With commentators suggesting that the UK could be lacking 340,000 engineers by 2020, here are a few ideas to inspire pupils to study Design & Technology.
At the end of 2015 the results of a variety of studies were published in close succession, each one concluding that the UK was in the middle of – and facing a future with – a skills shortage in its workforce.
The Employer Skills Survey suggested that 146,000 vacancies had been left unfilled in the year it was studying because candidates didn’t have the skills or experience to be proficient in the roles.
A survey from CV Library, meanwhile, implied that 65 per cent of recruiters admitted to having difficulties when it came to filling certain skilled positions, especially in fields like engineering.
This month, manufacturing company HME Technology released a statement expressing their belief that D&T should be moved from an optional subject at GCSE to a core one.
And the head teacher of the Isle of Wight Studio School has supported the company’s sentiments.
"We fully support the ambition to see the subject at the core of the National Curriculum,” explained head teacher Richard White. “Without it, the shortfall in skilled workers could have a serious effect on the UK economy. We devote ourselves to the future careers of 14 to 19 year olds on the Isle of Wight and believe that D&T provides the skills required in many careers."
HME Technology has created a range of in-school teacher task sheets to give D&T teachers new and creative ideas for teaching the subjects woodwork, welding and 3D printing. Their aim is to engage more pupils with the subject in class.
But what opportunities are there for teaching the subject outside the classroom – where, research shows, pupils are already more inspired?
Avoncroft Museum, Worcestershire
The Avoncroft Museum is home to more than 25 different historic buildings and structures, which were saved from destruction and dismantled before being moved from around the West Midland counties.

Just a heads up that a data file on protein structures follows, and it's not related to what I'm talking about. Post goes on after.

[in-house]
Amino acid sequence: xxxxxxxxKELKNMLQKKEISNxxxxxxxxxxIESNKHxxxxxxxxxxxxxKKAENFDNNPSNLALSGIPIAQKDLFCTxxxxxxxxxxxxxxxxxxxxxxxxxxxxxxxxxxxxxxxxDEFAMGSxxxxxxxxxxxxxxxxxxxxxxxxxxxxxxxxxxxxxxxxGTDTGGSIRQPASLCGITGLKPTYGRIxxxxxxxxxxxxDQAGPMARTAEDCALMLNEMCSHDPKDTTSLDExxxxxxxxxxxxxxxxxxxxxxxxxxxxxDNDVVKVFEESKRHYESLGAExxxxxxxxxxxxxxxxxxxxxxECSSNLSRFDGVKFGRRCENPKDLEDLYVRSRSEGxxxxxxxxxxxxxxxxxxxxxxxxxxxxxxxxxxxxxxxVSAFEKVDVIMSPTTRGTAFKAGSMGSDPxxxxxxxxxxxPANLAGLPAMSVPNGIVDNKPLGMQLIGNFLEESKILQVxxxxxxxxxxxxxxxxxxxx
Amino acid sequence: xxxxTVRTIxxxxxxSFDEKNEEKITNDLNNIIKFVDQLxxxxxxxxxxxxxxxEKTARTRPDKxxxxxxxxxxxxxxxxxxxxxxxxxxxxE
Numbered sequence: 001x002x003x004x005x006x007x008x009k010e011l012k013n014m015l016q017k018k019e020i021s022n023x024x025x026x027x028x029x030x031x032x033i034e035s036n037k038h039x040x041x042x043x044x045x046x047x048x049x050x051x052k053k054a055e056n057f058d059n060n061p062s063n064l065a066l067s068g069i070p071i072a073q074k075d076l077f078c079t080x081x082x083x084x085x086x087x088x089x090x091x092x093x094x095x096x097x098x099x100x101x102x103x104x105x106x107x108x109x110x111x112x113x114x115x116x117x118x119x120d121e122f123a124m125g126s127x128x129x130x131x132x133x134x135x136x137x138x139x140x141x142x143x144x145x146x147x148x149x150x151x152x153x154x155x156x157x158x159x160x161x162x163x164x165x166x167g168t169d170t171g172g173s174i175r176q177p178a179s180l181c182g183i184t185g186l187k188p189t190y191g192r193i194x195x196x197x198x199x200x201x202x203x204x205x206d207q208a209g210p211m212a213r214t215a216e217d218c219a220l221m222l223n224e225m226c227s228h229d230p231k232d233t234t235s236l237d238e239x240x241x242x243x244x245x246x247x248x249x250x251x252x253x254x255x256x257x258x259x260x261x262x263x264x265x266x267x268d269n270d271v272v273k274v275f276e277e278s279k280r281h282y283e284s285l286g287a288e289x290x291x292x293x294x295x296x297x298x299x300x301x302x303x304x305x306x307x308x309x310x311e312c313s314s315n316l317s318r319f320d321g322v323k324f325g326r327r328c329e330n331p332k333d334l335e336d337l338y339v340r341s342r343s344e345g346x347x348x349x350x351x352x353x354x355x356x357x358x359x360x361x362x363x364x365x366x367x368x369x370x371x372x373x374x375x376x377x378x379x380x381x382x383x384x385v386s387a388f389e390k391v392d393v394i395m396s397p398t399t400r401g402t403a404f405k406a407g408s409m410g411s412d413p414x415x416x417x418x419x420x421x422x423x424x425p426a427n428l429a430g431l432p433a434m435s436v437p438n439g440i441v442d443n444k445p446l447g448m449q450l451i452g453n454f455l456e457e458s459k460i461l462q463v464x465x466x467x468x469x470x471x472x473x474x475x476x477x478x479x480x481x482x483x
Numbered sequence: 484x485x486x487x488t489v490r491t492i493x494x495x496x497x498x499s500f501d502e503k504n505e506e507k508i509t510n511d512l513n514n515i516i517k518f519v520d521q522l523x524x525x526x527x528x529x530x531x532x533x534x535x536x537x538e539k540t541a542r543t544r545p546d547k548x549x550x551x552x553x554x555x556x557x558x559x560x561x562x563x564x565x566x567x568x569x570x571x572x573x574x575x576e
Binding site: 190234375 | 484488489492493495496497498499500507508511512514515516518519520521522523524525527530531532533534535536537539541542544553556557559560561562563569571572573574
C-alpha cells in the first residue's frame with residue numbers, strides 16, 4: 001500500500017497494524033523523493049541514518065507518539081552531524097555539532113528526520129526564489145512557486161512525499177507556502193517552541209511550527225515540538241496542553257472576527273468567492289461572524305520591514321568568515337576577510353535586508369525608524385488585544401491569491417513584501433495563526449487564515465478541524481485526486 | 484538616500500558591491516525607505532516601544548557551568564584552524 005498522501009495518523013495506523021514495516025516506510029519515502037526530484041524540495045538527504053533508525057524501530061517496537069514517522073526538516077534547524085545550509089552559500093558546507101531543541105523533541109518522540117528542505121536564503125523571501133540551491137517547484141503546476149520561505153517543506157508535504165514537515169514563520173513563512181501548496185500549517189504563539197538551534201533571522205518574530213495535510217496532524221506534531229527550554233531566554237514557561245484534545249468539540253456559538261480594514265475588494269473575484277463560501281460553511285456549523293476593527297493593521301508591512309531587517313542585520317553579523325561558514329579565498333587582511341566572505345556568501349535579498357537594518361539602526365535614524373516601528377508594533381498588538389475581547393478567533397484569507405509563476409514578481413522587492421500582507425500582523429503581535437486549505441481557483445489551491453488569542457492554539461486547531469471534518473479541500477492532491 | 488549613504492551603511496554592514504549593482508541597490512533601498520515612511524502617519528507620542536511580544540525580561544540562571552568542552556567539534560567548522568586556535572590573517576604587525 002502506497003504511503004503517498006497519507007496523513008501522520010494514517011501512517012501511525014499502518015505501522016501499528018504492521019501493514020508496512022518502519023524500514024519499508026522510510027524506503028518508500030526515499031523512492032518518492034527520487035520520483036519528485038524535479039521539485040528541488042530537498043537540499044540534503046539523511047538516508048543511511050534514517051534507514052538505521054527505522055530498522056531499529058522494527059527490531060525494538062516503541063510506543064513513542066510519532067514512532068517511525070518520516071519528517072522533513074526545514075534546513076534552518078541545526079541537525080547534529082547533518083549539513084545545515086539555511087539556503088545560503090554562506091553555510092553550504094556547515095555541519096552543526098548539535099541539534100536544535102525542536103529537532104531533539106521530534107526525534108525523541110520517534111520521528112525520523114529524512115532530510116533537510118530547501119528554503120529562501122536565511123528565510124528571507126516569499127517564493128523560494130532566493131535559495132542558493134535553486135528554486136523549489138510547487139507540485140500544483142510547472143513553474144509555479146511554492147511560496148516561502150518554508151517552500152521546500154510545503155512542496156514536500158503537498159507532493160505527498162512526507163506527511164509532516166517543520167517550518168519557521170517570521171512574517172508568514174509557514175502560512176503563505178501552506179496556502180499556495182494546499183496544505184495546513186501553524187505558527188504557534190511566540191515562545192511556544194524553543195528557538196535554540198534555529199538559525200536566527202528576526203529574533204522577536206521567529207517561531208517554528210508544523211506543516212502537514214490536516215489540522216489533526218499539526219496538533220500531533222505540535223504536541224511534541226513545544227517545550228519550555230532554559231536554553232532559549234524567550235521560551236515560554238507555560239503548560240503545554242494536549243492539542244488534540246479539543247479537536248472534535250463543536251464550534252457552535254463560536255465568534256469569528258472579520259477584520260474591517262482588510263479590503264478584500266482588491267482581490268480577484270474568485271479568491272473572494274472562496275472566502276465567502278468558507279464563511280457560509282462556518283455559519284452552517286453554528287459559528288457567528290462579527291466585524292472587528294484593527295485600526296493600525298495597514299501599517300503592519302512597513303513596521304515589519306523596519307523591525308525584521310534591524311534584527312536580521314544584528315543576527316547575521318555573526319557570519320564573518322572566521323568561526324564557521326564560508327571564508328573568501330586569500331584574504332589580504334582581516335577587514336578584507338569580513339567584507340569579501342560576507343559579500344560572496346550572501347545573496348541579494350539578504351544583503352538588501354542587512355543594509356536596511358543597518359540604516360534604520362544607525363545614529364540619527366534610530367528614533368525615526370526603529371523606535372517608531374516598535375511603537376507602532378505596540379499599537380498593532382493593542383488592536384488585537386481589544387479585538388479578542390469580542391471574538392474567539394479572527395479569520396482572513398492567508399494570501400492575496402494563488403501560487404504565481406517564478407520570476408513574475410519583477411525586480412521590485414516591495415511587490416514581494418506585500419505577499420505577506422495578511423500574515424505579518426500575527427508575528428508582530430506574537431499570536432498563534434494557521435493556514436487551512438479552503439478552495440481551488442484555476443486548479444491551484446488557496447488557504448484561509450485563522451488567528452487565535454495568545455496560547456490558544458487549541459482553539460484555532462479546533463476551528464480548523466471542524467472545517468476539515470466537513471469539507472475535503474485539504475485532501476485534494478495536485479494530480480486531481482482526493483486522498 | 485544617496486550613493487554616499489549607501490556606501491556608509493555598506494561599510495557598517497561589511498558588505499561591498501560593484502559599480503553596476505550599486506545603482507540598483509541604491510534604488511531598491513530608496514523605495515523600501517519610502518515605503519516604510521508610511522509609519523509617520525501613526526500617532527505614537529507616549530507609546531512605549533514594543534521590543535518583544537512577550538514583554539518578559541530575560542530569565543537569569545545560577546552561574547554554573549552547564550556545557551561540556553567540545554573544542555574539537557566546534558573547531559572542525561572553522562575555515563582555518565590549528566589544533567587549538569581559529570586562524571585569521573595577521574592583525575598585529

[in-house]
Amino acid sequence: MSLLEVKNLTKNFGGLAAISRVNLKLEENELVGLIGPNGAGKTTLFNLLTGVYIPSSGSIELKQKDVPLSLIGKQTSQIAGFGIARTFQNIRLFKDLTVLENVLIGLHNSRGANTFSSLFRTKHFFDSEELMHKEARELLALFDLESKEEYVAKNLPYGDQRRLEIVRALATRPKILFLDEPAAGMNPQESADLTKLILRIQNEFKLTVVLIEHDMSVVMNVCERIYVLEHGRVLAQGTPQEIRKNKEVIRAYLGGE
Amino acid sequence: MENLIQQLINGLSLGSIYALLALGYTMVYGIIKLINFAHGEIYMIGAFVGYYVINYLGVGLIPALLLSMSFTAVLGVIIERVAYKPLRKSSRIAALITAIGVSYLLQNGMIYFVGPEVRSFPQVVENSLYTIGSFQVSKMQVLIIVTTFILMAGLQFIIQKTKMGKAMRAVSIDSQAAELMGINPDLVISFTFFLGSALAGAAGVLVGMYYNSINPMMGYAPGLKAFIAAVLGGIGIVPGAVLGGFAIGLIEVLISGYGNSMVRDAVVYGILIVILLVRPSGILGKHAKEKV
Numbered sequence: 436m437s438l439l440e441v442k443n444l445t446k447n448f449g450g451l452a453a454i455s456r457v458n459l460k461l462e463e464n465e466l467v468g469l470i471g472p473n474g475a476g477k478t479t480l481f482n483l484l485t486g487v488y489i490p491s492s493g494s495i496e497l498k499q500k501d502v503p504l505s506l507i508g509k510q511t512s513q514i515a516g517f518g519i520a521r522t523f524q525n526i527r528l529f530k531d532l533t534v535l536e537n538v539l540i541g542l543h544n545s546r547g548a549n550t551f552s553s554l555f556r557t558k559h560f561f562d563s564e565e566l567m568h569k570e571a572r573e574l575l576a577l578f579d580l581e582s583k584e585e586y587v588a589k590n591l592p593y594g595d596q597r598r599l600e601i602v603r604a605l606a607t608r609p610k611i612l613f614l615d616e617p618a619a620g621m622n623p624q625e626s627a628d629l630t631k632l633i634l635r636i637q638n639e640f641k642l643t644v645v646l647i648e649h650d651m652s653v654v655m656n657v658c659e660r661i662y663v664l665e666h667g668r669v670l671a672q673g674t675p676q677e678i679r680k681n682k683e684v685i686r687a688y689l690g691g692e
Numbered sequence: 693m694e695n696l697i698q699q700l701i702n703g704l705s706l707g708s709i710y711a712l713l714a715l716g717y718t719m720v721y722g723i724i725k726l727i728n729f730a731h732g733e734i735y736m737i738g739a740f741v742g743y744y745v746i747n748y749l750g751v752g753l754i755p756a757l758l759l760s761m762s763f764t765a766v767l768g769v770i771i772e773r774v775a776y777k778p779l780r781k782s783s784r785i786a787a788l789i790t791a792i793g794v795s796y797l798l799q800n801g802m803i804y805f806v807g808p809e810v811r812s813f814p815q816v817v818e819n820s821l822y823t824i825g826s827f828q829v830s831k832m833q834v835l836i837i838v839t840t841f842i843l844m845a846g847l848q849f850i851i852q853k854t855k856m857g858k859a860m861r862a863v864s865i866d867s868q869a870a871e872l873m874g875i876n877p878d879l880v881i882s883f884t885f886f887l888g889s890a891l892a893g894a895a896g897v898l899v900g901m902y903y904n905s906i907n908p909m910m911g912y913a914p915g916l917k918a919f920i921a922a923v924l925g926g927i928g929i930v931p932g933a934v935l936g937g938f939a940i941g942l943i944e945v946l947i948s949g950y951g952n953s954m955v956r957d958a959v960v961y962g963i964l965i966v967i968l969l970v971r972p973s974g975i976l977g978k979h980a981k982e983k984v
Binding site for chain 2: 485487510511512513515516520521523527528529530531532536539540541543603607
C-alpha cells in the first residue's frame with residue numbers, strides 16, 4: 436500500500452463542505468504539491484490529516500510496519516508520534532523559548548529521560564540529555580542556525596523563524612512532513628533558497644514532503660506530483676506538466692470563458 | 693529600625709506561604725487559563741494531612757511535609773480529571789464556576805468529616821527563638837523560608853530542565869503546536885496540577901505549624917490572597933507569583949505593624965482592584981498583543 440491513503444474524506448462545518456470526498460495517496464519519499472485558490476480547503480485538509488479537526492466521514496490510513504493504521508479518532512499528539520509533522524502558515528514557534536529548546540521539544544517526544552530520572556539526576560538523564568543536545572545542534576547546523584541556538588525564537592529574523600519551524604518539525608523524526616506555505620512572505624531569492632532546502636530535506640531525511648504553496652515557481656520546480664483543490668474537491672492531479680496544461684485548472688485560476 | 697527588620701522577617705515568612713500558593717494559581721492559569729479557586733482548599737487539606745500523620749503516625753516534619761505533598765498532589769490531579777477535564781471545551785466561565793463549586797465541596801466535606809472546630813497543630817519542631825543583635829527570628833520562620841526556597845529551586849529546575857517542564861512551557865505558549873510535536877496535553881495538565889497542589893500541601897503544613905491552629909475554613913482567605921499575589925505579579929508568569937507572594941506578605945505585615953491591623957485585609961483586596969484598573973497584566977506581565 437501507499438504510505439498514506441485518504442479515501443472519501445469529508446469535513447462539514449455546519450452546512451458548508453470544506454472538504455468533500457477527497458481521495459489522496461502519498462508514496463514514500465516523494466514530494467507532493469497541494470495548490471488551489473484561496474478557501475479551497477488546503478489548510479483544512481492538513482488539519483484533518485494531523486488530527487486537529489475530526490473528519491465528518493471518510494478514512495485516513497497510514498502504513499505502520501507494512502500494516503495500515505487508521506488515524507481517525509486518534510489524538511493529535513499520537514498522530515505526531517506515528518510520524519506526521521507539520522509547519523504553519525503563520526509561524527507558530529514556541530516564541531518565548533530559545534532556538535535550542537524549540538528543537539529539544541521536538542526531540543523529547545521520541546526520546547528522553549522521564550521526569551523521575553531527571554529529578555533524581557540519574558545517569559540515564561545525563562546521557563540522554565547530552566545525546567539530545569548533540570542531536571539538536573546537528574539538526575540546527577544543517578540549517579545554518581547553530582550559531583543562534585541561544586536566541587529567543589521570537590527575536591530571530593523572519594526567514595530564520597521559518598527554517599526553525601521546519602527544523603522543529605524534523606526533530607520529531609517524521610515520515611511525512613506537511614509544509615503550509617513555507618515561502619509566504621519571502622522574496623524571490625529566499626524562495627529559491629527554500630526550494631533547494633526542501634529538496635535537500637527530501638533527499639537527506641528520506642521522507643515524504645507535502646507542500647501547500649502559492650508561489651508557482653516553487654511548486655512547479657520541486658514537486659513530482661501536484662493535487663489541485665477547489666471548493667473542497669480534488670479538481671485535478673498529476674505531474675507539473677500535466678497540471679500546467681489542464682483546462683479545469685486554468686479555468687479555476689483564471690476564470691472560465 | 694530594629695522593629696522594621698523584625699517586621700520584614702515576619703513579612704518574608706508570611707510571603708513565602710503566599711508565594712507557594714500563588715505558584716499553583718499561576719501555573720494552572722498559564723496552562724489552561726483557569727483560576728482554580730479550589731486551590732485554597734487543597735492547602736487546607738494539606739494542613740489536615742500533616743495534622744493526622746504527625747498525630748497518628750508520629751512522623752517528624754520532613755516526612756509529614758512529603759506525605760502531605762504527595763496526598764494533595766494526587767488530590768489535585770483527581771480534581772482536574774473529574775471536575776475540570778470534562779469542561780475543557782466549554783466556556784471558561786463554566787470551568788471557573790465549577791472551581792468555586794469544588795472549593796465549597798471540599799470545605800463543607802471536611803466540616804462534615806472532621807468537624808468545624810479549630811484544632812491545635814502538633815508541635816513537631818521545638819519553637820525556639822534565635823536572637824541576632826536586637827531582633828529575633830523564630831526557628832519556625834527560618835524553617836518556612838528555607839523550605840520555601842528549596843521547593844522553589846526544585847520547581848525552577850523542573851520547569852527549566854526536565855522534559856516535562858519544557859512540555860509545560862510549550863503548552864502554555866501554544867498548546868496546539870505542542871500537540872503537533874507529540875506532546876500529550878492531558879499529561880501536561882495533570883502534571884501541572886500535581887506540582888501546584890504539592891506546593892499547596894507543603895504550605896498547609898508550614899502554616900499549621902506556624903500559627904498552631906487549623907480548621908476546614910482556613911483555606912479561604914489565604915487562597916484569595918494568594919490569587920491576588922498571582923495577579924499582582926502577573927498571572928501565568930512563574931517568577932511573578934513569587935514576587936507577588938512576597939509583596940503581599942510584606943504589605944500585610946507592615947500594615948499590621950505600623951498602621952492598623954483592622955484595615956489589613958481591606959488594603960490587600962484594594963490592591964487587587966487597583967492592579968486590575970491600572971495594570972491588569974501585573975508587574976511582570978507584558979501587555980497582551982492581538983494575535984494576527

Teaching sessions for Key Stage 1 to 3 include brickmaking, wattle and daub workshops, and timber framer sessions, during which children work together as a team to solve how to fit together the complex timber frame of a scaled-down Tudor building.
There’s a blacksmith on site, too, and teachers of older students can arrange for their pupils to see his work in progress.
Diggerland, Kent, Devon, Durham and Yorkshire
At Diggerland children can learn how to use everyday construction machinery including diggers and dumpers. Throughout the visit, students learn practical skills relevant to many industry related professions and also find out about health and safety.
Children can drive and operate excavators, dumpers, skid steer loaders, backhoe loaders, 4 x 4 cars, go-karts and mini Land Rovers.
Clifton Suspension Bridge, Bristol
The Bits and Pieces, Shapes, Materials and Bridge Bits session for Key Stage 1 and 2 pupils ties in to the Design & Technology curriculum.
As part of the hour-long workshop children participate in a led session out on the bridge to learn more about the shapes and materials used to build the landmark. Pupils are encouraged to find varied shapes and textures on the bridge and fill out a worksheet to record their findings. They’ll also participate in short activities to see and feel the bridge move and to understand how the bridge works before completing a labelling exercise in the visitor centre.
Avondale Glass, Pembrokeshire
Schools visiting Avondale Glass can witness artists glassblowing and glassmaking. They’ll learn what the glass is made from, how it’s moulded into shapes and how it is given different colours.
They’ll also find out about different traditional glassmaking tools and how quickly a piece can go wrong if the craftsperson isn’t watching it closely enough.
The visit will give pupils an appreciation of how traditional design skills are still used today and how technology has played a role in improving practices.
Norwich puppet theatre
The options for schools at Norwich Puppet Theatre range from History tours to Drama workshops. On the design technology front, though, classes can book onto a puppet making class. These experiences are available for all Key Stages and while little ones will design and make basic puppets using techniques like papier mache, older pupils can make more complex leg joints and linked constructions. Workshops can last anywhere from two hours to a full day.